Wednesday, January 18, 2012

Thoughts on football, life, and tragedy

Typically we use sports as an escape. It takes us away from our real lives for a while. We don’t have to think about the stressful things—jobs, relationships, health issues, money, etc.

However, there are those rare times when we can’t escape what is happening in the real world. It is too overwhelming. 9/11 was one of those times where everything came to a standstill and some games were cancelled. In 1945, during World War II, Major League Baseball cancelled the All-Star game.
Other times tragedies occur and games aren’t cancelled. We saw this earlier this fall during the college football season. The Oklahoma State football team played a game, just days after learning that a plane crashed with no survivors. The plane was carrying the Cowboys' women's basketball Coach Kurt Budke and Assistant Coach Miranda Serna. Oklahoma State faced Iowa State in their only loss of the season—an overtime loss. They came out and took an early lead, then let Iowa State tie it up.

Some sports pundits were surprised that the game was not rescheduled. And, it could be said that team was overwhelmed with grief and it was too early for them to play a game. On the flip side, it also could be argued that Iowa State just outplayed them on that given day. We will never be able to measure the affect that this tragedy had on the players and the coaches that day. However, we do know that they are human and can only imagine how they felt. They felt an extra burden to win…to help those in pain forget…for just a little while. They wanted to win to honor the memory of those lost.
Most times we don’t get the fairy tale ending we’d like to have.

This was true Sunday when the New York Giants played the Green Bay Packers in the NFC playoffs.
On Monday, we learned that the body of 21-year-old Michael Philbin (son of Joe Philbin, the Green Bay offensive coordinator) was recovered in the Fox River in Oshkosh, WI, after he had gone missing the day before. He drowned. Michael’s funeral was held Friday, just two days before the game.
A dejected Aaron Rodgers
According to Packers quarterback Aaron Rodgers, Philbin is “very important to our success.” “The day to day stuff — all the coaching responsibilities he has, installing plays and explaining plays, his role in those meetings, the way that he helps get practice run the right way. He does a ton for us. As players we probably don’t even see half the stuff he does to get us ready during the week…We all love Joe, me probably as much or more than anybody in here just because of how much he’s meant to me and my development. Just how important it is, the time we get to spend each week, how he gets us prepared and just his presence around here, it’s just tough to see him and [wife] Diane and the family dealing with this.”

Without Philbin to help them prepare all week, the burden fell on the other coaches and each individual player.
Packer Coach Mike McCarthy preached to his team, “the ability to separate” the tragedy from the game—a difficult thing to do. For those of us who have lost someone close, we know the pain and the struggle to “separate” just days after to continue on…to go to work…to be professional. And, we also know that, for the most part, we are not at the top of our game.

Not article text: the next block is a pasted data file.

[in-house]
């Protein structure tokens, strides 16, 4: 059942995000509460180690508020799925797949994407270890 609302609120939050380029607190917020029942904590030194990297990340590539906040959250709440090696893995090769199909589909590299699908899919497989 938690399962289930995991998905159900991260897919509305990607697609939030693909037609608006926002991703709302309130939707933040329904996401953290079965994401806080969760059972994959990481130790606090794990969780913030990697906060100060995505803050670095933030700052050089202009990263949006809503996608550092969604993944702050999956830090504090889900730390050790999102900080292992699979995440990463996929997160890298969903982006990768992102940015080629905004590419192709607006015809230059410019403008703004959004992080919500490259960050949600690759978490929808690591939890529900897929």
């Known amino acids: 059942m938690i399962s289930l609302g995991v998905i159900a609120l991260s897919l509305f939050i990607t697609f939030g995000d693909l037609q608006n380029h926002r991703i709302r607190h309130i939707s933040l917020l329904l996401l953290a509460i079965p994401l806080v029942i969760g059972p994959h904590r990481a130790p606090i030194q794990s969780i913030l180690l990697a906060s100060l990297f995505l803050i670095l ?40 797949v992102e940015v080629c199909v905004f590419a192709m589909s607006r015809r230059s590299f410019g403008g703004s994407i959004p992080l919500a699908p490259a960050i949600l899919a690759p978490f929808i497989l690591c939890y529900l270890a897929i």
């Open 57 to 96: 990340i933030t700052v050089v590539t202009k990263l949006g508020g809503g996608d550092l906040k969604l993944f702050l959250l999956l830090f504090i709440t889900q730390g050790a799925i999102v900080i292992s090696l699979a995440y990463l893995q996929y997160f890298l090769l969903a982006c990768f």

The Packers lost in a lackluster performance. It seemed like everyone was off their game. Starting with Rodgers, last year’s Super Bowl MVP and one of the best, if not the best quarterback in the league—his passes weren’t sharp, and he didn’t lead his team like he typically does. His receivers had too many drops on balls that were catchable. And, the defense, while not one of the best in the league, is known for takeaways. They had only one and the defensive game plan seemed confused. With the confused part coming on who was covering...leading to no one covering the receivers and giving up way too many yards.
Troy Aikman, one of the announcers calling the game, said that the Packers did not seem emotionally up for the game when he talked to them the day before and that carried over into the game.

Earlier in the week, Rodgers said, “It gives you perspective on … as much fun as we have playing ball…there are some bigger issues that we deal with each day.” He continued, “You have to be able to separate the off the field from the on field stuff and make sure when you’re at work it’s your main focus, but we’re human as well,” he said. “The human element in this is that it’s on your mind….”
Once again we ask the question, how much did this tragedy affect the Packers? They wanted to win for the Philbin family, for the Packer family. They felt that extra weight on their shoulders to carry on and perform at a high level.

Another big question is how much were the Packers affected by not having Coach Philbin at practice all week?

On this given day, one thing we do know for sure: two days after the Packer family buried one of their own; the NY Giants outplayed them and rightfully earned their spot in the NFC Championship game and a shot at going to the Super Bowl.
After the game, the Packers stood up and took this hard loss. No excuses. They just didn’t come to play.

Even with one of the best quarterbacks and with the best record this season (15-1), the Packers were not able to overcome their grief and put this aside. They were not able to separate. They were human, just like you and me.
My thoughts and prayers go out to the Philbin/Packer family.